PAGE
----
Founded In    1993
Published   semiannually
Language(s)   Chinese

Fields of Interest


Literatures in English

ISSN   1024-2856
Affiliated Organization   English and American Literature Association of TAIWAN
Publisher   Bookman Books, Ltd.
Editorial Board

Ping-chia Feng.
Professor of Department of Foreign Languages and Literatures, National Chiao Tung University

Editorial board:
Eva Yin-i Chen Professor of Department of English, National Chengchi University
Wen-ching Ho Professor of Department of Foreign Languages and Literature, Feng Chia University
I-ping Liang Professor of Department of English, National Taiwan Normal University
Yu-chen Lin Professor of Department of Foreign Languages and Literature, National Sun Yat-sen University
Ching-hsi Perng Distinguished Professor of English and Drama of National Taiwan University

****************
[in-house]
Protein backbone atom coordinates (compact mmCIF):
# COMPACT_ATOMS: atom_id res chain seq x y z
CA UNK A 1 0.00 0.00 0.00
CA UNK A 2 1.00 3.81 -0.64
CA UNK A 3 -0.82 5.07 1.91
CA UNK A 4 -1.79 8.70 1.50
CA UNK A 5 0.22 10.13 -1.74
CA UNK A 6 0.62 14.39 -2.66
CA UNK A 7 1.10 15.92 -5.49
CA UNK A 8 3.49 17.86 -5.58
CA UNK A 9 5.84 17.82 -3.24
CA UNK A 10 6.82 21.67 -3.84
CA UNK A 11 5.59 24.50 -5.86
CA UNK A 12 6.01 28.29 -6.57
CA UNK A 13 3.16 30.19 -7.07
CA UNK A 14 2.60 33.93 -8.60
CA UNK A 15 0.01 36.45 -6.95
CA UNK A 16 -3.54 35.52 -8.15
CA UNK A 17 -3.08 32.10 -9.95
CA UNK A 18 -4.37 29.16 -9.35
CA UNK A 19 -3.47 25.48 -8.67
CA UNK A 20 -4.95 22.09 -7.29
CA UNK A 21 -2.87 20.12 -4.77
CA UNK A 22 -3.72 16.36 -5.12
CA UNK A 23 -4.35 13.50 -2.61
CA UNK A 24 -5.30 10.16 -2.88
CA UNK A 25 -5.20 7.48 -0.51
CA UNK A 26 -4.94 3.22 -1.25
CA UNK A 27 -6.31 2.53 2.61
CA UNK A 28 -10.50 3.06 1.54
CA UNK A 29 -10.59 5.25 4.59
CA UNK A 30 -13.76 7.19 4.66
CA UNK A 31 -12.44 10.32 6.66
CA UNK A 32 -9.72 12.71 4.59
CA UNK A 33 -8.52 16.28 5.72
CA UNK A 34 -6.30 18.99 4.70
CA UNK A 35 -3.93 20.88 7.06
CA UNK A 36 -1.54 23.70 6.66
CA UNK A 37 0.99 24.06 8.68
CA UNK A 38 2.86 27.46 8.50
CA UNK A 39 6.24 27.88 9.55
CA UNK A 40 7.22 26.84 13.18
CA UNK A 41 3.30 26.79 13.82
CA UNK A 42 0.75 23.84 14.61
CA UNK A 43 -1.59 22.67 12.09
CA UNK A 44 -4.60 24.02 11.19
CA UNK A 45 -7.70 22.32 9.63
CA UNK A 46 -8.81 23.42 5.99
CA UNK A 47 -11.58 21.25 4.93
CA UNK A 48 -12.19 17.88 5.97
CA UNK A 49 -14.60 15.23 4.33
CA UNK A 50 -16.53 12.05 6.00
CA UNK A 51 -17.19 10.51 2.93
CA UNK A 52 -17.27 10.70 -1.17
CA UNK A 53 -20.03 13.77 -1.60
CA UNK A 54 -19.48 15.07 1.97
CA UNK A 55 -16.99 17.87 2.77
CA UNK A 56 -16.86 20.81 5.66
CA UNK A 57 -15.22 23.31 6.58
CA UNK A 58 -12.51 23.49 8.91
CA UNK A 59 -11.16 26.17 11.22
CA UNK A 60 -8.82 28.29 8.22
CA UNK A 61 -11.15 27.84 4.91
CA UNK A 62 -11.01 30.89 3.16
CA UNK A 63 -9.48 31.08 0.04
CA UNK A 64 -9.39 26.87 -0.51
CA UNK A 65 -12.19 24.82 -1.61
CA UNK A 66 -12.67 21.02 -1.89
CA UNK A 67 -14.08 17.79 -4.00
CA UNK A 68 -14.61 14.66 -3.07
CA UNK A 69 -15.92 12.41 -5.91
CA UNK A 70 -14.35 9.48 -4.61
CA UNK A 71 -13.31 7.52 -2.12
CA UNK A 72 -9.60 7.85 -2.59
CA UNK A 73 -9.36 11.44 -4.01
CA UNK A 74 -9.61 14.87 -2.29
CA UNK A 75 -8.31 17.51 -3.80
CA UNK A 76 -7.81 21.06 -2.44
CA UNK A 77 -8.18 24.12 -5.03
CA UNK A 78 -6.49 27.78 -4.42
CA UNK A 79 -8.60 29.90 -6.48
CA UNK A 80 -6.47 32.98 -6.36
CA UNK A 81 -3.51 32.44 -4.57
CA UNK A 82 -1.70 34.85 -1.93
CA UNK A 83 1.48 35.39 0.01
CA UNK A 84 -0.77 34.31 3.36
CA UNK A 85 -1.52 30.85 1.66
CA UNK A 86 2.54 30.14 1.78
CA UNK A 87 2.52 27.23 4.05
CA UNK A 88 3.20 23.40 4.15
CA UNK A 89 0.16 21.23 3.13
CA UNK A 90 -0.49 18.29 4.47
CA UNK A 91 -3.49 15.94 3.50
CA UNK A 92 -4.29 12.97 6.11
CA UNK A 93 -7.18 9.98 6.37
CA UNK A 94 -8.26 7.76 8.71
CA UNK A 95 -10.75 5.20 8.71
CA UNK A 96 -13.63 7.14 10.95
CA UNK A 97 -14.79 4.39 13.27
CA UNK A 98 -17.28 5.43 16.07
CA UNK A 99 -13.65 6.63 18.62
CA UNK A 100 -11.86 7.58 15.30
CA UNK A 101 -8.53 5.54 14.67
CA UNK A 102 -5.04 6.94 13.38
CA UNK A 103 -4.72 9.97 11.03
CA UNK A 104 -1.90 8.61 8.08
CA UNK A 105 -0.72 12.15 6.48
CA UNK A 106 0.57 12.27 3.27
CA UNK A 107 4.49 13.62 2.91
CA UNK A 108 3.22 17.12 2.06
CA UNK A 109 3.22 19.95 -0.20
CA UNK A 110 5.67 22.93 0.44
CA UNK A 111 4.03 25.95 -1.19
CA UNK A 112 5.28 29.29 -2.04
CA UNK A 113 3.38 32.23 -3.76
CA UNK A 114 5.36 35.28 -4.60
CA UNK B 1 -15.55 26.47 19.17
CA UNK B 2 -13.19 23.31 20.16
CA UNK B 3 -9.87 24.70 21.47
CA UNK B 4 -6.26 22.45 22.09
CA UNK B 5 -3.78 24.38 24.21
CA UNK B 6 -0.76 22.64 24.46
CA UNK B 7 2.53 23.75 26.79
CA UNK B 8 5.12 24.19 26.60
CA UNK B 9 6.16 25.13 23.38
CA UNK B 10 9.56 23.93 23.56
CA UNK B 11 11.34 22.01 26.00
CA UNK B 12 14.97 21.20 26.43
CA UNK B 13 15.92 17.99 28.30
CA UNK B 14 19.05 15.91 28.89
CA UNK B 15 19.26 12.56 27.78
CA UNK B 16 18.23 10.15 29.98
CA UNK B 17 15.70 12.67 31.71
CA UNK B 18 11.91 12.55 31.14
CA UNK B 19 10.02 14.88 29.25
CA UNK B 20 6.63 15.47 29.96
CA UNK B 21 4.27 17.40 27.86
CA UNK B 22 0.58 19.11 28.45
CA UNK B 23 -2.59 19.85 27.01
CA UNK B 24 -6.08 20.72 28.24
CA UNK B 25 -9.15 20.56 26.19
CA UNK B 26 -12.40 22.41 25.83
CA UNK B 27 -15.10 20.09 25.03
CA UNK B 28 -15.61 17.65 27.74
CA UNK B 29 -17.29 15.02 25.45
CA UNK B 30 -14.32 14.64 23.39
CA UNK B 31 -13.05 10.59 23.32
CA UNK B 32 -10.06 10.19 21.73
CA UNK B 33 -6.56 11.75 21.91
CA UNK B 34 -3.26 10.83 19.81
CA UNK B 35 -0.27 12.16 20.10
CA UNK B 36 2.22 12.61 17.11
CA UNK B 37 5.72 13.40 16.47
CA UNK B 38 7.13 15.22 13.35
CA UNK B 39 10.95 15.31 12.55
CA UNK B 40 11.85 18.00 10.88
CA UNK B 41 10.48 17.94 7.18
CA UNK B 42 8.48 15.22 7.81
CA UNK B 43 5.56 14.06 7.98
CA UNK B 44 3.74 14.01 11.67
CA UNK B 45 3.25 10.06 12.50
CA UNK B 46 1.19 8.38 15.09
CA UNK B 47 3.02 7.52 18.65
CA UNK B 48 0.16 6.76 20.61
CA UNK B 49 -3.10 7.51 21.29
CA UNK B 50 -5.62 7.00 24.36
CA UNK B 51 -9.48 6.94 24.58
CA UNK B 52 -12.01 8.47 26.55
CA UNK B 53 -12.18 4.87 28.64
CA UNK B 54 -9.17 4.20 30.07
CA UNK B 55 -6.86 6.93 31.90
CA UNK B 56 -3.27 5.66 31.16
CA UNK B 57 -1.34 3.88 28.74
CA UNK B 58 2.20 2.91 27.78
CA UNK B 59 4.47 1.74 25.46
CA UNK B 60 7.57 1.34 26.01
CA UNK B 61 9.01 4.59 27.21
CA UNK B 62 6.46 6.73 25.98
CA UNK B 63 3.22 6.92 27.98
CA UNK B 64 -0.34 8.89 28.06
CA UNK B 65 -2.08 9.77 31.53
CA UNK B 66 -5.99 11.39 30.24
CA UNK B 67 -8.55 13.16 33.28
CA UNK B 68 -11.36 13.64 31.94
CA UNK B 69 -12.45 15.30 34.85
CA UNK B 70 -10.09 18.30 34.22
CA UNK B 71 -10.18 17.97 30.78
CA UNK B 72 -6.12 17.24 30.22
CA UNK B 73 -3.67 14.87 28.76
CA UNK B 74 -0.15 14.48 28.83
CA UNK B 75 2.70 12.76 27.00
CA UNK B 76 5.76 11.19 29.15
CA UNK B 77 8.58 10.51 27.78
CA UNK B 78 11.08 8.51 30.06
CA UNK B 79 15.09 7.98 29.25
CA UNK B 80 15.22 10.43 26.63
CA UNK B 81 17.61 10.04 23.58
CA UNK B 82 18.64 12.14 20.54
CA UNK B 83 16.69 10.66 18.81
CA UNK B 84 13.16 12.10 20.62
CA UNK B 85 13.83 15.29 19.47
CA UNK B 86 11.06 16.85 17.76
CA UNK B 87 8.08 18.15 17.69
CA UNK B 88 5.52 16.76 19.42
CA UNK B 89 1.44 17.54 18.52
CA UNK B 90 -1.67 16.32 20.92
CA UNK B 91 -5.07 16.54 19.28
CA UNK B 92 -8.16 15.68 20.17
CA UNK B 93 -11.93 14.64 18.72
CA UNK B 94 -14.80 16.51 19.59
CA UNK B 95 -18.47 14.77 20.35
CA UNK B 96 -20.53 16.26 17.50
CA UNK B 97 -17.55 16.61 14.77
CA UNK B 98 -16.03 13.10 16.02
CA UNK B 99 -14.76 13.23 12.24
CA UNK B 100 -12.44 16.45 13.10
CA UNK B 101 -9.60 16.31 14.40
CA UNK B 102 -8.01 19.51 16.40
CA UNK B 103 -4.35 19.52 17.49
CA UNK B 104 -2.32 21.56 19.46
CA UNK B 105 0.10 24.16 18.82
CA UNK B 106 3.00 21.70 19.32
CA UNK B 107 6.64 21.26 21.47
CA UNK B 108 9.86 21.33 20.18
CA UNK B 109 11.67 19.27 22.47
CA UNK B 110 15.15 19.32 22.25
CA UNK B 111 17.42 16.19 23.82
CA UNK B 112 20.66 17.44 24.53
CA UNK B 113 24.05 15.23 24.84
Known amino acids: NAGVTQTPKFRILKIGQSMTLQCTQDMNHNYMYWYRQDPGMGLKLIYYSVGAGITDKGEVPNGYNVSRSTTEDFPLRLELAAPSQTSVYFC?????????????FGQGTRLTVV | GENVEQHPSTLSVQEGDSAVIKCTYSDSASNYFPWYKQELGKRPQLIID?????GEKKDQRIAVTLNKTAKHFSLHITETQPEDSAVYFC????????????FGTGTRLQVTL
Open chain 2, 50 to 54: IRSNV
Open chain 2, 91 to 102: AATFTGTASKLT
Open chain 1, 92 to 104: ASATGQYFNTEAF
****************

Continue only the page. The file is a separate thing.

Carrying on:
Tsu-chung Su Professor of Department of English, National Taiwan Normal University

Advisory board:
Ying-Hsiung Chou   Emeritus Professor of Department of Foreign Languages and Literature, National Chiao Tung University
Yu-cheng Lee   Distinguished Research Fellow and Director of Institute of American and European Studies, Academia Sinica
Te-Hsing Shan   Research Fellow and Deputy Director of Institute of American and European Studies, Academia Sinica
Rey Chow               Andrew W. Mellon Professor of the Humanities and Professor of Modern Culture & Media Studies, Comparative Literature, and English
William Tay   Chair Professor of Division of Humanities, The Hong Kong University of Science and Technology
Sau-ling Cynthia Wong   Professor, Department of Ethnic Studies, University of California, Berkeley



Submission Guidelines and Editorial Policies

A.The journal will not consider for publication manuscripts being simultaneously submitted elsewhere. Any content of thesis or dissertation will be considered as submitted manuscripts.